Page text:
Gentleness is not much of a cultural value. Our world, much like the culture of Greece and Rome during the time of Paul, believes in power and authority. Machismo culture defines masculinity, in particular, as the right and power to take what you want, dominance and strength are the governing principles. This, sadly, has come to color even leadership in the Christian community. Many pastors are regularly called out for their autocratic style of leadership and their controlling tendencies (see examples here and here). Often our struggle with this value is due to misunderstanding of it. When we consider carefully the gentility of Jesus we can better appreciate this fruit of the Spirit.
Gentleness is a “sensitivity in disposition and kindness in behavior” (Baker Evangelical Dictionary of Biblical Theology). It means to approach others with sensitivity and compassion. It means, as Christopher Wright says, “being very aware that the other person is a human being with feelings too” (Cultivating the Fruit of the Spirit, 127). It is to speak and act in ways that honor the humanity, worth, and emotions of others. Jesus models this for us, even when He speaks the truth firmly.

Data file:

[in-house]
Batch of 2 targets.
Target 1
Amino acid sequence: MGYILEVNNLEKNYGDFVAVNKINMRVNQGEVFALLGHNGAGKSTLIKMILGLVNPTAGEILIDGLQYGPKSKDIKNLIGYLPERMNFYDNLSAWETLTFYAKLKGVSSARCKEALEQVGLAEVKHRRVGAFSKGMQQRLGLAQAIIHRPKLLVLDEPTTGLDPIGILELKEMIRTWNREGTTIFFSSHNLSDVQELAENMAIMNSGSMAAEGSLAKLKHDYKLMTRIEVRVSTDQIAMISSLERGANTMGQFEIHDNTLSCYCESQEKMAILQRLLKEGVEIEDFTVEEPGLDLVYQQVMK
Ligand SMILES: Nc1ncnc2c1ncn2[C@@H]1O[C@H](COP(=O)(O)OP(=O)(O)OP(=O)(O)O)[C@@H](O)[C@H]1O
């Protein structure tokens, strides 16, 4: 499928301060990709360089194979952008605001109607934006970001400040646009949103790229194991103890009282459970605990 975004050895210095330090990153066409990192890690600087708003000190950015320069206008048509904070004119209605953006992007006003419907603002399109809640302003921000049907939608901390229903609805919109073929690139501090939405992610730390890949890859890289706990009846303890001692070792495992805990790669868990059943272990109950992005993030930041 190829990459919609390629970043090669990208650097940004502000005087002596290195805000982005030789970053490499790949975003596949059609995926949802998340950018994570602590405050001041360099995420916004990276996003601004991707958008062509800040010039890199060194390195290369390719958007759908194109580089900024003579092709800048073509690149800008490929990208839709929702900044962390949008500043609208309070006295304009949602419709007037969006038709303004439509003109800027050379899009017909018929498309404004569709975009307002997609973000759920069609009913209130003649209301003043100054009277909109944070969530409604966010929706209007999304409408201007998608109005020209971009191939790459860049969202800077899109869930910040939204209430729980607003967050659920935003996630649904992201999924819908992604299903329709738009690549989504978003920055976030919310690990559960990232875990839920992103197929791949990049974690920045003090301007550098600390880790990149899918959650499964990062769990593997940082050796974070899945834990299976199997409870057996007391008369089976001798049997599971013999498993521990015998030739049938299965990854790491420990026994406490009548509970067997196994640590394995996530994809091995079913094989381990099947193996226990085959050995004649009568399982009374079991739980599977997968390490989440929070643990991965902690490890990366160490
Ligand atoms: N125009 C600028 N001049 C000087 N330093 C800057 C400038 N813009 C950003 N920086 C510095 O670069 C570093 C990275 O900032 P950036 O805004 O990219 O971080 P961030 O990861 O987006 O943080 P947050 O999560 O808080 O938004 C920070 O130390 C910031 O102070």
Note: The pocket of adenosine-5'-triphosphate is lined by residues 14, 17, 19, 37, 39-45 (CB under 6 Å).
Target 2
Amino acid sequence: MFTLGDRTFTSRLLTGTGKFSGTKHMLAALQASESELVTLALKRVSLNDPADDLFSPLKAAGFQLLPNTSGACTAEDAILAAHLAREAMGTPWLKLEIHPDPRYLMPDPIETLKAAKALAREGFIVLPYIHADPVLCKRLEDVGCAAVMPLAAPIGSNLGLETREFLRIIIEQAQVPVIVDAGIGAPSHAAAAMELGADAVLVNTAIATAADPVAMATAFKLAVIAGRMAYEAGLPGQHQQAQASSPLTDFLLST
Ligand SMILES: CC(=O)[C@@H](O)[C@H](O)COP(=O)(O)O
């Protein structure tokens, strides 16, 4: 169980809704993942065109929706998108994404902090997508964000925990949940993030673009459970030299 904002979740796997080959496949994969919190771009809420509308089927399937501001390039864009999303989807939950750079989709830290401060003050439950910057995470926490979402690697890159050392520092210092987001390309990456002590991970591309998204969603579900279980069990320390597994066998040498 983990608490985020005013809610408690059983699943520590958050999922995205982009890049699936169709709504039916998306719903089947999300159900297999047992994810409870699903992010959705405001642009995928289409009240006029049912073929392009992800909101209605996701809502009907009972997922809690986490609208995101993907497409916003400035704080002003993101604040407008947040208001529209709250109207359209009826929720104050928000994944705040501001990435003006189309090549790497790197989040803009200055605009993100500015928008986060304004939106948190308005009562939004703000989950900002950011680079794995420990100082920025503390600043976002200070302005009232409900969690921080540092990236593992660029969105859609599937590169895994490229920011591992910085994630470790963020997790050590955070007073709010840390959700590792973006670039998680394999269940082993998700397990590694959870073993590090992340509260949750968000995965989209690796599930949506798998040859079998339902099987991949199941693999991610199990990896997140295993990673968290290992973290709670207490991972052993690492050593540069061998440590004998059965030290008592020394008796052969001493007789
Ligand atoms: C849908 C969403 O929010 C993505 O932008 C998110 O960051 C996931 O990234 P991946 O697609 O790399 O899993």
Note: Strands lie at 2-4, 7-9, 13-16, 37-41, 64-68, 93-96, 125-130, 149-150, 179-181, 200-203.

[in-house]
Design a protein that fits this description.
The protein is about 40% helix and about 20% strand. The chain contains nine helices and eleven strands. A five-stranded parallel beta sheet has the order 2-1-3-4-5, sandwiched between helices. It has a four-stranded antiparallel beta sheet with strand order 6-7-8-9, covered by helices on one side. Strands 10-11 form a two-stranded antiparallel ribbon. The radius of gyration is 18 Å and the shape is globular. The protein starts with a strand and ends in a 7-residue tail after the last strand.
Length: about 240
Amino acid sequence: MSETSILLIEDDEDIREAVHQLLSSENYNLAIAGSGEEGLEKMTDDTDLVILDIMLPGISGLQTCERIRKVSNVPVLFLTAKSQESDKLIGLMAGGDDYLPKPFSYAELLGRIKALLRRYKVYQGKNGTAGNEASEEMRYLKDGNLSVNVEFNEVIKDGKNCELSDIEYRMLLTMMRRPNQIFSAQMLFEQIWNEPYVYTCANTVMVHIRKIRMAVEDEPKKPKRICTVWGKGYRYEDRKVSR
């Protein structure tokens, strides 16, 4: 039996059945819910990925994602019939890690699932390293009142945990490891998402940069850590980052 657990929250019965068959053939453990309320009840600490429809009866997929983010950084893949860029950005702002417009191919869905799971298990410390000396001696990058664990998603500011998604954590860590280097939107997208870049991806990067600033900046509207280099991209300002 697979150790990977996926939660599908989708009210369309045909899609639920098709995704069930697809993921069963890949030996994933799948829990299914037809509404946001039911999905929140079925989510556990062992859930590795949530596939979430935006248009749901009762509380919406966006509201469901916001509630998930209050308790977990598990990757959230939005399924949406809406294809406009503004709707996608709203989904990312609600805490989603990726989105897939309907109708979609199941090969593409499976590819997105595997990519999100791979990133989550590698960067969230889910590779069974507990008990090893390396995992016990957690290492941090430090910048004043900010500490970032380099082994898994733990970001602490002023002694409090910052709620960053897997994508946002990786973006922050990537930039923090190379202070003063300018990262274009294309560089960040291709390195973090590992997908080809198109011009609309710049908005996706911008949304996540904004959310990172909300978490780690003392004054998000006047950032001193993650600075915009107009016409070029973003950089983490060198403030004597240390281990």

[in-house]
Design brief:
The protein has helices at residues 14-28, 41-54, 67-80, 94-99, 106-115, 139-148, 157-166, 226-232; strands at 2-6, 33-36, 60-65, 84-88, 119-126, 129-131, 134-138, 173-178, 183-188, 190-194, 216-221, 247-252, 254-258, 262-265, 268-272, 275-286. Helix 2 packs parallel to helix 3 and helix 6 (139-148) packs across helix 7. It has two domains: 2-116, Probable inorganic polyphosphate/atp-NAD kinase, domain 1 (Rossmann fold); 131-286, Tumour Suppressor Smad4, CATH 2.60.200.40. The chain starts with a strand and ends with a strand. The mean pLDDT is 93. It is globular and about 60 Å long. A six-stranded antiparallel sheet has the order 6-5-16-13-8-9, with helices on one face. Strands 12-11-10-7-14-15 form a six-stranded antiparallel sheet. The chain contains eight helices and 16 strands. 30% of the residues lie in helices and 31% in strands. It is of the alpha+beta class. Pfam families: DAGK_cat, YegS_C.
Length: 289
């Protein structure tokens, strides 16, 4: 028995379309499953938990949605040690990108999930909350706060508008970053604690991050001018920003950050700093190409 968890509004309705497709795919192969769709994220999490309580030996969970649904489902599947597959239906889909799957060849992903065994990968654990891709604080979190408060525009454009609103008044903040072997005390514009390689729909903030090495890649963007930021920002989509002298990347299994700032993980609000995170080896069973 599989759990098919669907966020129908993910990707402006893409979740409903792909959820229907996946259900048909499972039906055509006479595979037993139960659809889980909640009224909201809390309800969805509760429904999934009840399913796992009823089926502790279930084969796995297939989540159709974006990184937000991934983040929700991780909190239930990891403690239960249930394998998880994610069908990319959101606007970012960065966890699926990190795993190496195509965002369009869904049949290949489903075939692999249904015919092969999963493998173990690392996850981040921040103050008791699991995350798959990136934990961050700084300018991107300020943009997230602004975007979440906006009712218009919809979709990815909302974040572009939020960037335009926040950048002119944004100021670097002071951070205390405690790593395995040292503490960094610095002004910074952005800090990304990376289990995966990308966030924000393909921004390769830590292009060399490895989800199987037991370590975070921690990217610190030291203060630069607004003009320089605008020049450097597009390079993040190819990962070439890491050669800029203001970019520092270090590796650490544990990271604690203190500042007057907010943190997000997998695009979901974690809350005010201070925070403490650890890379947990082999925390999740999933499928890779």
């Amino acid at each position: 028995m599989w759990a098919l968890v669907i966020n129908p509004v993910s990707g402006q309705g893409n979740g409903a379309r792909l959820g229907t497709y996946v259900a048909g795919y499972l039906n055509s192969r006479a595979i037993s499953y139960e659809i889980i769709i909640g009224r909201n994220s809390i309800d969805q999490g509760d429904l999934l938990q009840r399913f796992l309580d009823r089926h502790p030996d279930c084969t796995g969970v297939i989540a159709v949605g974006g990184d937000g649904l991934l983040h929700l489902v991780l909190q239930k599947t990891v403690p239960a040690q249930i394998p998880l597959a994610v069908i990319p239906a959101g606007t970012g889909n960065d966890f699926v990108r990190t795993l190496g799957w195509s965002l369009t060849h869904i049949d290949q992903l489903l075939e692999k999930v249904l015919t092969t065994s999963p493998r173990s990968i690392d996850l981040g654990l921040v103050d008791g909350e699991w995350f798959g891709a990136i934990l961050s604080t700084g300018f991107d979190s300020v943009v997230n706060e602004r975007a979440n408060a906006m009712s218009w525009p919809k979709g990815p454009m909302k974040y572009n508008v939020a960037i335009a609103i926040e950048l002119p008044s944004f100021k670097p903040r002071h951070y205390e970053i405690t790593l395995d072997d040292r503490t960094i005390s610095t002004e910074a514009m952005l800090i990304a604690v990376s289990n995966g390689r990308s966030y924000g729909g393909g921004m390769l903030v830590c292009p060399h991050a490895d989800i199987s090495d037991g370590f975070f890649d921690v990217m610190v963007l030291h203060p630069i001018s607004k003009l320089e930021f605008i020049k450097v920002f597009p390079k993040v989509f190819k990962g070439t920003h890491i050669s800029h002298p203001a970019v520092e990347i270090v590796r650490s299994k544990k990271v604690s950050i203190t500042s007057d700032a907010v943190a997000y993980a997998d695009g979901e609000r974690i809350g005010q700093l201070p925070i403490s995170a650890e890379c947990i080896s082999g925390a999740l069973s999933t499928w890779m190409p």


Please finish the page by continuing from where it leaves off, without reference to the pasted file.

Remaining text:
Jesus was gentle. If the language of “meek and mild” has bothered some it is largely because we believed such words reflect pusillanimity. Jesus, however, was not a wimp, nor a coward. He could speak with boldness and firmness. He could drive out the money changers with a whip. Yet, he is not most known for such acts. One of the defining attributes of Jesus in the gospels is His gentleness. He even describes Himself this way:
Come to me, all who labor and are heavy laden, and I will give you rest. 29 Take my yoke upon you, and learn from me, for I am gentle and lowly in heart, and you will find rest for your souls. (Matt. 11:28-29)